I slept poorly last night, despite my comfortable hotel room and cozy bed, because I was watching coverage of Hurricane Irene right before going to bed. Whenever I dozed off, my thoughts or dreams were a jumble of wind and rain and maps and crashing waves.
I've never lived in a place that was immediately vulnerable to hurricanes. But even inland, these storms are large enough and powerful enough to have effects. During my stay in Charlottesville, we experienced the remnants of a hurricane that knocked out our power for four days and came through with the only green sky I've ever seen. And in Arkansas, we got the tropical storm that Rita became after its pass through Louisiana and Mississippi, complete with tornado warnings and torrential rain.
My parents have dodged hurricane after hurricane at their home in St. Simons Island on the Georgia coast, and Irene is no exception. The concave indentation of the coastline there means that a storm has to take direct aim at that spot to hit it; any other track takes it across Florida or avoids landfall until South and North Carolina.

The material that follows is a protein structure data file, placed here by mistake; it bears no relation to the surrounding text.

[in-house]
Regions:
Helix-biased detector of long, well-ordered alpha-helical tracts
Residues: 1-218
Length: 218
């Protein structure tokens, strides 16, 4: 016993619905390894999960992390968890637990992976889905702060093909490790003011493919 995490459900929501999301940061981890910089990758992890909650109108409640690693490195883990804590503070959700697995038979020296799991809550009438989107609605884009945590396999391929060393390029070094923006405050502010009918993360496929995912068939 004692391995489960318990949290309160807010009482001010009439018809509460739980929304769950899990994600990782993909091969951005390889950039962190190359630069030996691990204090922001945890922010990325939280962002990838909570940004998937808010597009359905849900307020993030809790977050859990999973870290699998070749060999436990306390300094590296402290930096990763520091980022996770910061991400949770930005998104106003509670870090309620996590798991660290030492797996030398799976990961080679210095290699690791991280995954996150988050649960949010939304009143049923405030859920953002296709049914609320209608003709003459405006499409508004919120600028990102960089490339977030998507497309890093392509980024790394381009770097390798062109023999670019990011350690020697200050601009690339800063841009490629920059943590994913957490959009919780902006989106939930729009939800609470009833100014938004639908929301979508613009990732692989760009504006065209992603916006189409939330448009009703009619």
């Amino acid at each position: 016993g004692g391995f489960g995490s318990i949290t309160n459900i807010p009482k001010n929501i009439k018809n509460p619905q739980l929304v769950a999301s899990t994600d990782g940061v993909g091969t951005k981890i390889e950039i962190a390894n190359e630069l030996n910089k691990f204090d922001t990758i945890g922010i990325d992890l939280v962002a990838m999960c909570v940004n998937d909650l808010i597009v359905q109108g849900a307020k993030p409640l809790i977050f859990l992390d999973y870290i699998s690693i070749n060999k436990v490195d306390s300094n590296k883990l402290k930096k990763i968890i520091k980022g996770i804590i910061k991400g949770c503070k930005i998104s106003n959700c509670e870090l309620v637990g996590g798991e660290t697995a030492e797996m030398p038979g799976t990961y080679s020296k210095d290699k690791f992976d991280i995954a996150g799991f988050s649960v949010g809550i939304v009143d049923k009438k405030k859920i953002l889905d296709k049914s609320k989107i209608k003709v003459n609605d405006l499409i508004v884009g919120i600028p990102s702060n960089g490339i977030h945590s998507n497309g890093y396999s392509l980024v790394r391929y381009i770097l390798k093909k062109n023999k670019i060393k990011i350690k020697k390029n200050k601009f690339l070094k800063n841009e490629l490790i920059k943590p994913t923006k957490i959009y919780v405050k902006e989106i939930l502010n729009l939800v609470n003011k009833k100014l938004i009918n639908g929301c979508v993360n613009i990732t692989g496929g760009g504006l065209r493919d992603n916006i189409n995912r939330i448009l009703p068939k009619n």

I'm in Atlanta meeting with the AAR board, many of whose members come from the spots in Irene's path. Their flights are being cancelled and their airports shut down for tomorrow; they may be stuck here for another day at best.
2011 has been a wild year for weather events, with catastrophic tornados, floods, and now a long lasting hurricane battering nearly the entire east coast. With lots of preparation and the population taking it seriously, one hopes that the human toll will be low. So much rebuilding is needed from all these events. It's a chance to put America to work and make our infrastructure better -- so that next time we're better prepared. Let's hope we take it.